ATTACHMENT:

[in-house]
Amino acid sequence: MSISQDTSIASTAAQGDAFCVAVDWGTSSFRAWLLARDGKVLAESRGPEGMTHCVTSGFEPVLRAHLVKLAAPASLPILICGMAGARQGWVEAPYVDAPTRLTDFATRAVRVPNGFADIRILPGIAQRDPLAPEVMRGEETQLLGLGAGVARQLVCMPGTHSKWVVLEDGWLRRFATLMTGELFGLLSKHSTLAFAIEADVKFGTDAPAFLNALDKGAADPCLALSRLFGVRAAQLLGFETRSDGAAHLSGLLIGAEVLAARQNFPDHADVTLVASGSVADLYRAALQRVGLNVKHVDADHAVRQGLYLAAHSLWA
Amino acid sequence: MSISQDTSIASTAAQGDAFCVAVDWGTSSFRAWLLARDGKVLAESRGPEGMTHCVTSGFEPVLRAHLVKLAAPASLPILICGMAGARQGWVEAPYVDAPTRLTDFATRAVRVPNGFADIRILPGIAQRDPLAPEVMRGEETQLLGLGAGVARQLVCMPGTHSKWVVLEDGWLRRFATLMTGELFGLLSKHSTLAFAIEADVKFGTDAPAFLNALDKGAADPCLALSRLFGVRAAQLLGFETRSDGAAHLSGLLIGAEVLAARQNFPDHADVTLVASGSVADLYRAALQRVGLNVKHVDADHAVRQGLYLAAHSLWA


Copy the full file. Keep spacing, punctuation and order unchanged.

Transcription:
[in-house]
Amino acid sequence: MSISQDTSIASTAAQGDAFCVAVDWGTSSFRAWLLARDGKVLAESRGPEGMTHCVTSGFEPVLRAHLVKLAAPASLPILICGMAGARQGWVEAPYVDAPTRLTDFATRAVRVPNGFADIRILPGIAQRDPLAPEVMRGEETQLLGLGAGVARQLVCMPGTHSKWVVLEDGWLRRFATLMTGELFGLLSKHSTLAFAIEADVKFGTDAPAFLNALDKGAADPCLALSRLFGVRAAQLLGFETRSDGAAHLSGLLIGAEVLAARQNFPDHADVTLVASGSVADLYRAALQRVGLNVKHVDADHAVRQGLYLAAHSLWA
Amino acid sequence: MSISQDTSIASTAAQGDAFCVAVDWGTSSFRAWLLARDGKVLAESRGPEGMTHCVTSGFEPVLRAHLVKLAAPASLPILICGMAGARQGWVEAPYVDAPTRLTDFATRAVRVPNGFADIRILPGIAQRDPLAPEVMRGEETQLLGLGAGVARQLVCMPGTHSKWVVLEDGWLRRFATLMTGELFGLLSKHSTLAFAIEADVKFGTDAPAFLNALDKGAADPCLALSRLFGVRAAQLLGFETRSDGAAHLSGLLIGAEVLAARQNFPDHADVTLVASGSVADLYRAALQRVGLNVKHVDADHAVRQGLYLAAHSLWA